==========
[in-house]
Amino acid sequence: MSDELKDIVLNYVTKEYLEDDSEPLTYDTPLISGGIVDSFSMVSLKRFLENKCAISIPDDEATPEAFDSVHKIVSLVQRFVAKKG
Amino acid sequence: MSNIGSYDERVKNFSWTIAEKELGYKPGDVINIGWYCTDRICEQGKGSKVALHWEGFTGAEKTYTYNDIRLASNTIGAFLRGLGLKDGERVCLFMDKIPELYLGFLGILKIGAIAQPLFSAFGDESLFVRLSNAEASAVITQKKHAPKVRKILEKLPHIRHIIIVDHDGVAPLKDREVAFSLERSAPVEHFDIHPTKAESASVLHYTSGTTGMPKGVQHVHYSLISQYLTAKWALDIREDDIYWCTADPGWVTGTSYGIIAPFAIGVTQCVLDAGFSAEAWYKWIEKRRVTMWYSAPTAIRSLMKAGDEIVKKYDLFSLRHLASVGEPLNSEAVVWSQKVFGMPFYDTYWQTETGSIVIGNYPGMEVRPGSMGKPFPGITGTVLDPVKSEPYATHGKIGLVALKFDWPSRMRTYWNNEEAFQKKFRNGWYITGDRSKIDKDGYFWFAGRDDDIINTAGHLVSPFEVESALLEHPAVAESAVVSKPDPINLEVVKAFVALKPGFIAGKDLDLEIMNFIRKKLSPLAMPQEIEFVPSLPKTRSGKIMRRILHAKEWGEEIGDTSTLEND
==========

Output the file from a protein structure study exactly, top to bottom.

[in-house]
Amino acid sequence: MSDELKDIVLNYVTKEYLEDDSEPLTYDTPLISGGIVDSFSMVSLKRFLENKCAISIPDDEATPEAFDSVHKIVSLVQRFVAKKG
Amino acid sequence: MSNIGSYDERVKNFSWTIAEKELGYKPGDVINIGWYCTDRICEQGKGSKVALHWEGFTGAEKTYTYNDIRLASNTIGAFLRGLGLKDGERVCLFMDKIPELYLGFLGILKIGAIAQPLFSAFGDESLFVRLSNAEASAVITQKKHAPKVRKILEKLPHIRHIIIVDHDGVAPLKDREVAFSLERSAPVEHFDIHPTKAESASVLHYTSGTTGMPKGVQHVHYSLISQYLTAKWALDIREDDIYWCTADPGWVTGTSYGIIAPFAIGVTQCVLDAGFSAEAWYKWIEKRRVTMWYSAPTAIRSLMKAGDEIVKKYDLFSLRHLASVGEPLNSEAVVWSQKVFGMPFYDTYWQTETGSIVIGNYPGMEVRPGSMGKPFPGITGTVLDPVKSEPYATHGKIGLVALKFDWPSRMRTYWNNEEAFQKKFRNGWYITGDRSKIDKDGYFWFAGRDDDIINTAGHLVSPFEVESALLEHPAVAESAVVSKPDPINLEVVKAFVALKPGFIAGKDLDLEIMNFIRKKLSPLAMPQEIEFVPSLPKTRSGKIMRRILHAKEWGEEIGDTSTLEND